If you want an effective program: Develop a plan.
One of the most common mistake I see is people coming into their rowing workout with no particular plan of what they want to get out of the session. Because of that rowers tend to row without any real structure of their practice.
Start out with your goals for a three-month period. Break this down into monthly, then weekly and then sessional units. This way, you’ll be sure that you go in and build what you achieved in the previous session and build a platform for the next session. Each session should be a piece in the total rowing program.
Don’t spend too long in your rowing practice
I try to limit my training sessions to less than 2 hours. I’ve found that with anything more than this, I see a reduction in intensity and quality of the session. I’ve seen people stay in the water for 2 to 3 hours doing a session and there’s no way that you can maintain the intensity throughout this entire time. I pretty much draw the line at anything over 90 minutes.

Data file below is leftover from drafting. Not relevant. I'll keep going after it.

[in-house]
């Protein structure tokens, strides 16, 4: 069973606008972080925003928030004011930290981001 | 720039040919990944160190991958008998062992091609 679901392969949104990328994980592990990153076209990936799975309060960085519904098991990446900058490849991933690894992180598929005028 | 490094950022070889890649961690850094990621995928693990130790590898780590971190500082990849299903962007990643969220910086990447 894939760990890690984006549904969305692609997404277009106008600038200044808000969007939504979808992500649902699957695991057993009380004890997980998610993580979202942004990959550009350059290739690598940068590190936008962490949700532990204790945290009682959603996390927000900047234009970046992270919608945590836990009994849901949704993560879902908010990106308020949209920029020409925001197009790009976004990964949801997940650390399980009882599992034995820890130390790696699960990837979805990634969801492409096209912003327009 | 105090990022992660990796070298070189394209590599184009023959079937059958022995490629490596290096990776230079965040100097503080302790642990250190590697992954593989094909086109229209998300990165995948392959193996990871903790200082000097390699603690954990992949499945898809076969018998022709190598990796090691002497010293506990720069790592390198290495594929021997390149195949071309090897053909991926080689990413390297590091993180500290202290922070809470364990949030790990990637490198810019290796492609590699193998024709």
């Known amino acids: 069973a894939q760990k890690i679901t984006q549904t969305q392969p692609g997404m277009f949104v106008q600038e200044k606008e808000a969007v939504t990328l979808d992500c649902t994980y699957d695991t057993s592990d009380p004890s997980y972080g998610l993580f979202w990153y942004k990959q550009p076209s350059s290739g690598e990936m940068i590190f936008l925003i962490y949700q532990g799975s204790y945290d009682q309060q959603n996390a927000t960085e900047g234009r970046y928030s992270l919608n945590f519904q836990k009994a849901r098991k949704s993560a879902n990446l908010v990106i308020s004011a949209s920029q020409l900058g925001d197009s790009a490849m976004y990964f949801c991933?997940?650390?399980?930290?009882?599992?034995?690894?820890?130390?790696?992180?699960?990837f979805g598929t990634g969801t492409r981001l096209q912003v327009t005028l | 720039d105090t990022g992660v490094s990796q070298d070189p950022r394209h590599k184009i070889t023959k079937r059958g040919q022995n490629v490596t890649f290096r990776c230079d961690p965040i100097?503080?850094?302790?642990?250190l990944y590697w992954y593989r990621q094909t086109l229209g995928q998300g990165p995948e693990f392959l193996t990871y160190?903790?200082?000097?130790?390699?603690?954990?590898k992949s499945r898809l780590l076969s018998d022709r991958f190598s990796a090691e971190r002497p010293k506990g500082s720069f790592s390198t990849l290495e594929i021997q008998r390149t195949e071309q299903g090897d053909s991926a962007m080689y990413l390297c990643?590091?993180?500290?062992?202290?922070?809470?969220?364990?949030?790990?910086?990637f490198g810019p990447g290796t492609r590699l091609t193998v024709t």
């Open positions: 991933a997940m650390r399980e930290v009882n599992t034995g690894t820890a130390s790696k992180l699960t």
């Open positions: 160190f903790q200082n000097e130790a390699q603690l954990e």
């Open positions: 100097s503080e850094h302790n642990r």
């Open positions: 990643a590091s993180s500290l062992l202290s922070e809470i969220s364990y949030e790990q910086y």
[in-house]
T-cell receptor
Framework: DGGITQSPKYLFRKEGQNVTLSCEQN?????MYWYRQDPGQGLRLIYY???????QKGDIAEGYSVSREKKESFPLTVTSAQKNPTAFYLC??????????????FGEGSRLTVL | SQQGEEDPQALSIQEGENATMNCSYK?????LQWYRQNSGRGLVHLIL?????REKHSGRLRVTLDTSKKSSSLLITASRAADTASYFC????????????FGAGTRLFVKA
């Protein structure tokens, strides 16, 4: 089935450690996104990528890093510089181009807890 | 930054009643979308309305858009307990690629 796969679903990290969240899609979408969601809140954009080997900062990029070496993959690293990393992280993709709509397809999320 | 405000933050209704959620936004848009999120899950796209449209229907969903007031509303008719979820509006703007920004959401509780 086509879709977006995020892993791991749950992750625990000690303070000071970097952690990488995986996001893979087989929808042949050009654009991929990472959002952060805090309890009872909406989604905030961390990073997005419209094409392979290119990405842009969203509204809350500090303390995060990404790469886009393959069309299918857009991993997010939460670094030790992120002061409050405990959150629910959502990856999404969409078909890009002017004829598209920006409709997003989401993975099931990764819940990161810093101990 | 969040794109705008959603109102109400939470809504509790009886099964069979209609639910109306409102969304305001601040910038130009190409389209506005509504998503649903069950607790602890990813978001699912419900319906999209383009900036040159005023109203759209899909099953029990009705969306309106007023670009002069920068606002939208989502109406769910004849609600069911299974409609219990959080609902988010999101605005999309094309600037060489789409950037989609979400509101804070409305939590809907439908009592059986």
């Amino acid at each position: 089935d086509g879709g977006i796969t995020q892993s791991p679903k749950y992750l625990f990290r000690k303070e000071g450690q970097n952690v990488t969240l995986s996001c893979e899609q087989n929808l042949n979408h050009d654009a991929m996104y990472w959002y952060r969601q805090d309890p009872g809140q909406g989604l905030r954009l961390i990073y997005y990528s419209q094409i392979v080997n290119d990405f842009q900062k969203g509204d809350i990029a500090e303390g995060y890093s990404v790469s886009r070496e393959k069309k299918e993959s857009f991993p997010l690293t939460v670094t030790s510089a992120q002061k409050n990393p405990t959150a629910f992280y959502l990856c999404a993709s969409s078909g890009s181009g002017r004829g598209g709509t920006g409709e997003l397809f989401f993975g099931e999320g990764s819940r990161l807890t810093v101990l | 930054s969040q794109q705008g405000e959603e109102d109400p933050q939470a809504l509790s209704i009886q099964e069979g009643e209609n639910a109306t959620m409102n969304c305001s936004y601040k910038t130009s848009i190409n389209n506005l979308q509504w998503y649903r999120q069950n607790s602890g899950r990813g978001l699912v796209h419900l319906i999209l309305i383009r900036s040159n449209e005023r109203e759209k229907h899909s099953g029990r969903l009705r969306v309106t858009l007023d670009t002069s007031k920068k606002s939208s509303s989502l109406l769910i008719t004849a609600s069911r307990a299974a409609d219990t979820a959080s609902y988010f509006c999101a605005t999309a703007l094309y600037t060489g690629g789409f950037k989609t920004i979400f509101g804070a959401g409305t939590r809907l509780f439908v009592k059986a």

Keep your body guessing
One of the biggest problems I see is a rowing programme that is the same for every session. The body adapts to the demands imposed upon it and it needs variety in order to keep improving. It needs a programme tweak (not necessarily an entire overall) every 3 to 4 weeks.
Don’t let all your hard work in your session go to waste by not consuming some protein and carbohydrates with 20-30 minutes the conclusion of the session. You don’t need to go too technical, a boiled egg and a chocolate milkshake will do the trick if you’re really struggling to get your hands on a commercial sports recovery drink.